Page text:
…and why has he bought it? Perhaps Berkshire Hathaway considers ExxonMobil like a utility company with oil price leverage. Berkshire Hathaway owns a number of utilities directly and Exxon could be aligned with that group by offering a consistent dividend yield but with the added attraction of exposure to higher world oil and gas prices. Additionally, Exxon has underperformed the broader US markets over the last five years, and Berkshire Hathaway seems to be flexing its contrarian muscle in this investment.
Despite the size and breadth of ExxonMobil’s business, the oil price is still the major driver of ExxonMobil’s share price. Since 2001 Exxon’s share price has been correlated 82% with the 12 month forward Brent oil price. The correlation is higher than the correlation between ExxonMobil and the S&P 500 Index (47% r squared (R2) and the Dow Jones (57% R2). However, ExxonMobil is much less correlated to the energy sector than many of its US energy sector peers. While Warren Buffett has stated before that he has “no special insight into the future movements of oil price”, we think that that Berkshire Hathaway would have to have a view that future oil prices will be higher than the current forward curve in order to justify this move. We would argue that Exxon Mobil shares start to look expensive versus their peers on the basis of a $90/barrel Brent oil price (the five year forward Brent oil price, as of 11/30/13).
To be fair, Berkshire Hathaway doesn’t have many options available to it, if it wants to invest these kinds of sums in concentrated positions and still maintain some liquidity. Exxon shares trade around $1.25 billion per day, which is nearly double the volume of Chevron and around four times the volume of the North American domestic peers. To get this kind of concentrated exposure, there are few other names he could have considered.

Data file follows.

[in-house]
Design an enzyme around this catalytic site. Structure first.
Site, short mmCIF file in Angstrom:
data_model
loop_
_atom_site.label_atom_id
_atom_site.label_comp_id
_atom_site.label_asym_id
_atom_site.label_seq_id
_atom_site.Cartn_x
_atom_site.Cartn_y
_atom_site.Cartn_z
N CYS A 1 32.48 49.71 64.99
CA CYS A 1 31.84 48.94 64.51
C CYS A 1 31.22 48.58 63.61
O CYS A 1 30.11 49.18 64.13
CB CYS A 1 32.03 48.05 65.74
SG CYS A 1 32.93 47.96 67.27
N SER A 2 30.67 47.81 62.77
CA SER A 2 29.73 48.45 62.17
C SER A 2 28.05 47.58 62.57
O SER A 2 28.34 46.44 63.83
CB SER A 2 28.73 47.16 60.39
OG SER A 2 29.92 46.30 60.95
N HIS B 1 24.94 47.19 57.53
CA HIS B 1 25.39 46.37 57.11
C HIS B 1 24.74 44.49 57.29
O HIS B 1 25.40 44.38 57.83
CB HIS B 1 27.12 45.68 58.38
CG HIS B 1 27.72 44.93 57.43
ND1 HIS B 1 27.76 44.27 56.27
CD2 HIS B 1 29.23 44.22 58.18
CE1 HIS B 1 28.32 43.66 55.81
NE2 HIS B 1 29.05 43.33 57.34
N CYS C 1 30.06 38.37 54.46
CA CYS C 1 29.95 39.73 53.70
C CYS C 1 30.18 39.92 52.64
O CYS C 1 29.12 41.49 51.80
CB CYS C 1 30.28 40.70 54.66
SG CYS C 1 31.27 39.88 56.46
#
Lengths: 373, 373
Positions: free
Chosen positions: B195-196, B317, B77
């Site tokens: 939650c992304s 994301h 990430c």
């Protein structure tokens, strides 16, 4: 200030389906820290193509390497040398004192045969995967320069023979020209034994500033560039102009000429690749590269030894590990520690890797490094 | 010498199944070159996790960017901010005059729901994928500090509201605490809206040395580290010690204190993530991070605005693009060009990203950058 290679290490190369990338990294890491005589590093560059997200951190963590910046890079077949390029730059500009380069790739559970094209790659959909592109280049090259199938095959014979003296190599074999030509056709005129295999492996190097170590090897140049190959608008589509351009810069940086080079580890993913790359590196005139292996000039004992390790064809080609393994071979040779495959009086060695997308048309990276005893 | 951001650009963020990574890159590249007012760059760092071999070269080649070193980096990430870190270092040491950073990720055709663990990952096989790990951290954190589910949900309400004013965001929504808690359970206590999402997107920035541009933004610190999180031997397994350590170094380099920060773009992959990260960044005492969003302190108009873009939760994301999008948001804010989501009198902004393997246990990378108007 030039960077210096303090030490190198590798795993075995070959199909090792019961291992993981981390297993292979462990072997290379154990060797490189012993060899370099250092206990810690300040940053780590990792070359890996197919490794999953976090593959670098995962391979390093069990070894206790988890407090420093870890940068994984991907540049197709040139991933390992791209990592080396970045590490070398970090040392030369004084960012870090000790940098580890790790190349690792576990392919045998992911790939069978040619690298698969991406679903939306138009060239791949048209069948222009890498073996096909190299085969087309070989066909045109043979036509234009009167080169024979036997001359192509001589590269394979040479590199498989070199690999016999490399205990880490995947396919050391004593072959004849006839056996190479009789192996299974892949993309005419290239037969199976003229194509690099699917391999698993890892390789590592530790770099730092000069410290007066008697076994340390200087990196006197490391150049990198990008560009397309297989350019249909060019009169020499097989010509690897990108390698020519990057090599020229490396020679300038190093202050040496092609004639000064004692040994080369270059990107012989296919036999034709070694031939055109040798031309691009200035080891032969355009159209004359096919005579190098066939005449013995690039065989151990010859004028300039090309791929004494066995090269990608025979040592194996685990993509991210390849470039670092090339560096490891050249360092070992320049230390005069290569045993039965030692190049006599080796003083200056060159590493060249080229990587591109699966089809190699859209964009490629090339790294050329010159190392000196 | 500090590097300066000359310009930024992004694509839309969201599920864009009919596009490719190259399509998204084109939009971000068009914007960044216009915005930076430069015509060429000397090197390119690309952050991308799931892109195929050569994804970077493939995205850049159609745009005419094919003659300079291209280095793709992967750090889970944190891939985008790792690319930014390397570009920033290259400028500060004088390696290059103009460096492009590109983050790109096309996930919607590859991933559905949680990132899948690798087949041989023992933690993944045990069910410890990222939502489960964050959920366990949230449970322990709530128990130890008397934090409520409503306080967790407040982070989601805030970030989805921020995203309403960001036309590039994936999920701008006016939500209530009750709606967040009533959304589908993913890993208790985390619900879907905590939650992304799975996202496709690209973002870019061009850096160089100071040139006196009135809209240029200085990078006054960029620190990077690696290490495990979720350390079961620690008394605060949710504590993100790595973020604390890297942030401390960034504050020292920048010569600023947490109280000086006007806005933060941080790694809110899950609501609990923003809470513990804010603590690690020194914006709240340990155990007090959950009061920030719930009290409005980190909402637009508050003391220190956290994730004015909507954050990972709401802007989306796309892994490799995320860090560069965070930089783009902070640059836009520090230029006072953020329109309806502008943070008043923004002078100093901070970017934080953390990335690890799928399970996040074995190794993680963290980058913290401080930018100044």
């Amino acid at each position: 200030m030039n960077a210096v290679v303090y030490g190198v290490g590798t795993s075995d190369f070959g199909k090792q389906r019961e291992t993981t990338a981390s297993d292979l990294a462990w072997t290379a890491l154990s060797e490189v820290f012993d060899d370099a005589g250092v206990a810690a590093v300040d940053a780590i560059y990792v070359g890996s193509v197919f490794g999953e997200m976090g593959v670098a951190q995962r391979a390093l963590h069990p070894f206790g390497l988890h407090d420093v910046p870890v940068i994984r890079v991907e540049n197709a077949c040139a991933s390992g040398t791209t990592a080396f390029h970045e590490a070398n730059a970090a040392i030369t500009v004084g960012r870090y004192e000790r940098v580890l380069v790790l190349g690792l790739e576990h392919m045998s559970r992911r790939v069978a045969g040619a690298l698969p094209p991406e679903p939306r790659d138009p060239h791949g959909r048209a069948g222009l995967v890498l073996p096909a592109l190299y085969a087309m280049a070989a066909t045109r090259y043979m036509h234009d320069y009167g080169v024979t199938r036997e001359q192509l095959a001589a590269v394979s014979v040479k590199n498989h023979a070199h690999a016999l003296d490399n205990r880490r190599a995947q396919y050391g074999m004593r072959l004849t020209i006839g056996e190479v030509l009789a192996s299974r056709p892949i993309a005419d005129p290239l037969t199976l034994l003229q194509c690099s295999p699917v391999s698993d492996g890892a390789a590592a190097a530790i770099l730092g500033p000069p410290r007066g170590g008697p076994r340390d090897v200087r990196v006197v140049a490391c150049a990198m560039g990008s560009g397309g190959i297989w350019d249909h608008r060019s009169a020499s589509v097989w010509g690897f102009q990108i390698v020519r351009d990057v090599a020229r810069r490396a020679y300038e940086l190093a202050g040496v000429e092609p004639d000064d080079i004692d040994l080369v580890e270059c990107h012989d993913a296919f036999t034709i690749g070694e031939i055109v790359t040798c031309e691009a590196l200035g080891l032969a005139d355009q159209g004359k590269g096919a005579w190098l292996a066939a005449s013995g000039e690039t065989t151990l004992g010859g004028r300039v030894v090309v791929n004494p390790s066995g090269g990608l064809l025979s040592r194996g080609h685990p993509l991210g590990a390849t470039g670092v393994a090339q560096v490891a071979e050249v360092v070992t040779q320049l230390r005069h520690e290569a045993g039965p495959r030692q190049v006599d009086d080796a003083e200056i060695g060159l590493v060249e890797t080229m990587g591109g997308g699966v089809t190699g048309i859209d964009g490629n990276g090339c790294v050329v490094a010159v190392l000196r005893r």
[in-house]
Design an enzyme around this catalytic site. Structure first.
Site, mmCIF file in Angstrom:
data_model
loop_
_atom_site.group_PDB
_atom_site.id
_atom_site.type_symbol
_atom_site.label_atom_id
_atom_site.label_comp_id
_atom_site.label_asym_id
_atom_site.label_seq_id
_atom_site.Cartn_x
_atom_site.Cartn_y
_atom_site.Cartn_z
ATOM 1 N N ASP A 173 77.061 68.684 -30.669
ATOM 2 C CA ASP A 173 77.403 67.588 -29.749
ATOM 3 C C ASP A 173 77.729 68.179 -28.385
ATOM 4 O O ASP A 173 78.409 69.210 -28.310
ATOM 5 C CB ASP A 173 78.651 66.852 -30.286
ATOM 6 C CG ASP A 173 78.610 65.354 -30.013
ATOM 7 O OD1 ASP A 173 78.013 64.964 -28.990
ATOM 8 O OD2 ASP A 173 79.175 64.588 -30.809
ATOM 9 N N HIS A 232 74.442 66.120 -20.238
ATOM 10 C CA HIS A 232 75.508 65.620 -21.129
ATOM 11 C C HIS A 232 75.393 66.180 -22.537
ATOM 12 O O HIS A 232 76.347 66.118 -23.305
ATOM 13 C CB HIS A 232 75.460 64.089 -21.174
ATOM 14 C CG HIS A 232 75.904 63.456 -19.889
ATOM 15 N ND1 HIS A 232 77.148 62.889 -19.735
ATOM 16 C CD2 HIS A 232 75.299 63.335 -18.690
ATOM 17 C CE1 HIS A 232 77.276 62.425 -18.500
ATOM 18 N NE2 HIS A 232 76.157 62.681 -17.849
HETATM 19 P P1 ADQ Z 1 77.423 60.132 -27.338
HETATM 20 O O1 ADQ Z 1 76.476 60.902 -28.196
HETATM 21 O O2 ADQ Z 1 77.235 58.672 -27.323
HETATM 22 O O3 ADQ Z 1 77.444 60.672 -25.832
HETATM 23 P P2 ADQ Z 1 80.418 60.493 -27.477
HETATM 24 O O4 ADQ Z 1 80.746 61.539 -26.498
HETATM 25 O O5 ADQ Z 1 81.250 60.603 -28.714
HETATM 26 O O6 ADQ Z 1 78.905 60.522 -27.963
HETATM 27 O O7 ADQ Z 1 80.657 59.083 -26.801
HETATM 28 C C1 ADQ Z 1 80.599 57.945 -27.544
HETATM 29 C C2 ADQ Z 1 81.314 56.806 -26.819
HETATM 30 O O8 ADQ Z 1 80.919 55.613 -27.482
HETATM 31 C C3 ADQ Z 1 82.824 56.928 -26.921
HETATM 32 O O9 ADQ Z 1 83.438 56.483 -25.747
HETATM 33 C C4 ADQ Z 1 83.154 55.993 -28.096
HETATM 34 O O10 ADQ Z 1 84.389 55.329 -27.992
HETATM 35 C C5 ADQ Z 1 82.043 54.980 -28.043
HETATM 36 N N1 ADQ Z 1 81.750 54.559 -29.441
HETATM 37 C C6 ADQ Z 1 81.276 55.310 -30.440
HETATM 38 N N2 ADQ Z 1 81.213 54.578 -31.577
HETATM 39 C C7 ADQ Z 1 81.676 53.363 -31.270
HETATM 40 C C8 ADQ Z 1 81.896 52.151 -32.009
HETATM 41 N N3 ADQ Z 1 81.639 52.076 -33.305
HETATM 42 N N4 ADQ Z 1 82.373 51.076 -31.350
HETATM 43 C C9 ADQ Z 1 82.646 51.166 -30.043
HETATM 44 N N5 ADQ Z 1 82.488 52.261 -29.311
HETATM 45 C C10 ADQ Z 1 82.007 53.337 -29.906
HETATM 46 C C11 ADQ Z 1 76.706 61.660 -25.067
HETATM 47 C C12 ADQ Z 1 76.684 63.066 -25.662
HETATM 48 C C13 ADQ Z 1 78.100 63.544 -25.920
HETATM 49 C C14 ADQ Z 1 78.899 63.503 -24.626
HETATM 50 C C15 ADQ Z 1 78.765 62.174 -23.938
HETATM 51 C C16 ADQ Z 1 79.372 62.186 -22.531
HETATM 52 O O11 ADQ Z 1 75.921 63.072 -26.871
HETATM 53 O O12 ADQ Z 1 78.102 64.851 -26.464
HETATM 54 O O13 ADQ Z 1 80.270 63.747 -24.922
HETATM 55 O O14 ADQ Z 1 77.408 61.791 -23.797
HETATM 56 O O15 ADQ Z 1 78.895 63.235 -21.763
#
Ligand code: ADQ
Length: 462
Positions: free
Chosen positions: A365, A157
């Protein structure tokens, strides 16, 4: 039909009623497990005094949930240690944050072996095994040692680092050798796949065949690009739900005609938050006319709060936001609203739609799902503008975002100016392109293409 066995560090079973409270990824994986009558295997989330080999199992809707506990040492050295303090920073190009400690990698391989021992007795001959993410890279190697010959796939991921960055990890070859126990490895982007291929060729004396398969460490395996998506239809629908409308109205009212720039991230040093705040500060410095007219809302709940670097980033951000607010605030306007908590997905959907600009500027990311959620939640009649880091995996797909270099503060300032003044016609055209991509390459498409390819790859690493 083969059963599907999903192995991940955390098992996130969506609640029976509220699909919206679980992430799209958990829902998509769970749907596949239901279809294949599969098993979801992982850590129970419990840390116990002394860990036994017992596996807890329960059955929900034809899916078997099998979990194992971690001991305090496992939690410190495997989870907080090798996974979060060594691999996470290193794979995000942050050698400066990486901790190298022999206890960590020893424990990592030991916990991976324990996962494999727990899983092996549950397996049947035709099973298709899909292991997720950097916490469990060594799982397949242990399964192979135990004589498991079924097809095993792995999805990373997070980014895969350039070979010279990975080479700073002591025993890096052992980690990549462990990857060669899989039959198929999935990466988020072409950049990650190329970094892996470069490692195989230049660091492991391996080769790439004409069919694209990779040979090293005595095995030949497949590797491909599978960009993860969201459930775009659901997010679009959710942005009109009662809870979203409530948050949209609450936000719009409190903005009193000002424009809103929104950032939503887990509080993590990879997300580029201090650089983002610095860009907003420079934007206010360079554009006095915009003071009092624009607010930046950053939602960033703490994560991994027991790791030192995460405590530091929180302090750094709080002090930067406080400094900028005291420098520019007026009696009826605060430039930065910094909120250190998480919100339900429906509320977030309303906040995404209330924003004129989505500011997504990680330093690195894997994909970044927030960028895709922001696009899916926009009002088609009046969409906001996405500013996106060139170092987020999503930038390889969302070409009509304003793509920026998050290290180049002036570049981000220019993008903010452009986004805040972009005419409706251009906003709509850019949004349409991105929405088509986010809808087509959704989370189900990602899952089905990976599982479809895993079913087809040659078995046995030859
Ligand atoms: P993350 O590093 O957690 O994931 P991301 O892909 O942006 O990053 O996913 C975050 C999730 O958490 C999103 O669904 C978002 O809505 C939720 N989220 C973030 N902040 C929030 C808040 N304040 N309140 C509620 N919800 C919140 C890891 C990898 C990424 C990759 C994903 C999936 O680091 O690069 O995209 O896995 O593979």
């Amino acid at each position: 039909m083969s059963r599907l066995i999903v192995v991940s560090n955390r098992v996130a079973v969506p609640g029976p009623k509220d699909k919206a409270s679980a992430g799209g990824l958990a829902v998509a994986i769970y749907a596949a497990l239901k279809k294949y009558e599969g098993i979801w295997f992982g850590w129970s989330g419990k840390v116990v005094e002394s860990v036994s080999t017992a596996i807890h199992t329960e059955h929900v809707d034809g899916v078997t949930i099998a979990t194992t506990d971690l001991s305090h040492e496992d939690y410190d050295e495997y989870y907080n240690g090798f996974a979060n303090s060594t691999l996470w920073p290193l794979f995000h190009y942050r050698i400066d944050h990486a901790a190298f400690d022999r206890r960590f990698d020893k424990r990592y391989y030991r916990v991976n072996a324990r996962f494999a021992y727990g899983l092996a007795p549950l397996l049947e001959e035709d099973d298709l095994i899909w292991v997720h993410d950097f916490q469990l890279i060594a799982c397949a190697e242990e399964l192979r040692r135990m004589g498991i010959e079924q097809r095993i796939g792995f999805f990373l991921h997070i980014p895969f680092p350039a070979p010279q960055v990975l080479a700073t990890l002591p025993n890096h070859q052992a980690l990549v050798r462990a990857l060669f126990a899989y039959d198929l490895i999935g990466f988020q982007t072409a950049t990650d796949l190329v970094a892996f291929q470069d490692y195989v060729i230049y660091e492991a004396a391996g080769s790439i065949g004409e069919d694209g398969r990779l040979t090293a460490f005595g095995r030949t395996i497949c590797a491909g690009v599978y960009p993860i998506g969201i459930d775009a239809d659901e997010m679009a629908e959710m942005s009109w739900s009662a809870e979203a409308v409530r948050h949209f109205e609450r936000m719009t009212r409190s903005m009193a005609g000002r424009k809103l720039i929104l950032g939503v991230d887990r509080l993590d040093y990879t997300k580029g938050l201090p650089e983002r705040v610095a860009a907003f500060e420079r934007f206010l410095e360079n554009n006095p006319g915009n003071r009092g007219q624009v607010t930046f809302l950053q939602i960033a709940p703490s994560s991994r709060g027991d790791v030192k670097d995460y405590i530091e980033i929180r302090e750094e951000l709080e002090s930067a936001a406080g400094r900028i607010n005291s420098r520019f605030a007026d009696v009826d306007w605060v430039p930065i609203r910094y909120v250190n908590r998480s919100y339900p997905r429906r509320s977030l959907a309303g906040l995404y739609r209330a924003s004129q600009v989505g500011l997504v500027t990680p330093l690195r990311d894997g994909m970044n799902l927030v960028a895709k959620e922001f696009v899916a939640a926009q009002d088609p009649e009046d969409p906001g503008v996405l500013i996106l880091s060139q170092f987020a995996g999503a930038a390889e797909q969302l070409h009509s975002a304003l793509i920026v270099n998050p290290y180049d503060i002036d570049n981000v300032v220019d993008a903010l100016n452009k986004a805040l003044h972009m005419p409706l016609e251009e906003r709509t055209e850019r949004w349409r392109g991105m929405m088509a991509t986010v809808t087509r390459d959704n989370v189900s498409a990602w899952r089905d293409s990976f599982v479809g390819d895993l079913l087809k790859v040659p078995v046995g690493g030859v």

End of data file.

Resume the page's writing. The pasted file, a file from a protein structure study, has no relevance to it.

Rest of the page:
These all seem to be reasonable enough reasons to buy ExxonMobil for Berkshire Hathaway: suitable liquidity, contrarian characteristics, free cash generation and, more than likely, a view on oil prices being in excess of the current forward curve.
So, what are the implications for the energy sector? We view the Berkshire Hathaway move with great interest. The energy sector has been a particularly poor performer for the last two and a half years, and we see the sector as offering a deep value contrarian investment opportunity based on oil prices of $100/barrel. We take some comfort in seeing contrarian value investors getting involved in the sector – and we very much hope that Buffet is right again this time!
We concur with the stock selection and hold a 3.4% position (as of 11/30/13) in ExxonMobil, as well as similar weights in all five of the Super Majors (ExxonMobil, ChevronTexaco, BP, RD/Shell and TOTAL). As a more ‘nimble’ investor in the energy sector, we invest in core value names like the Super Majors as well as global energy names with combinations of greater oil price leverage, growth and value characteristics than those apparent in ExxonMobil alone. Warren Buffett’s buying ExxonMobil highlights our viewpoint that the outlook for the energy sector is attractive, and we think ExxonMobil is currently a sensible component of a balanced allocation to the sector.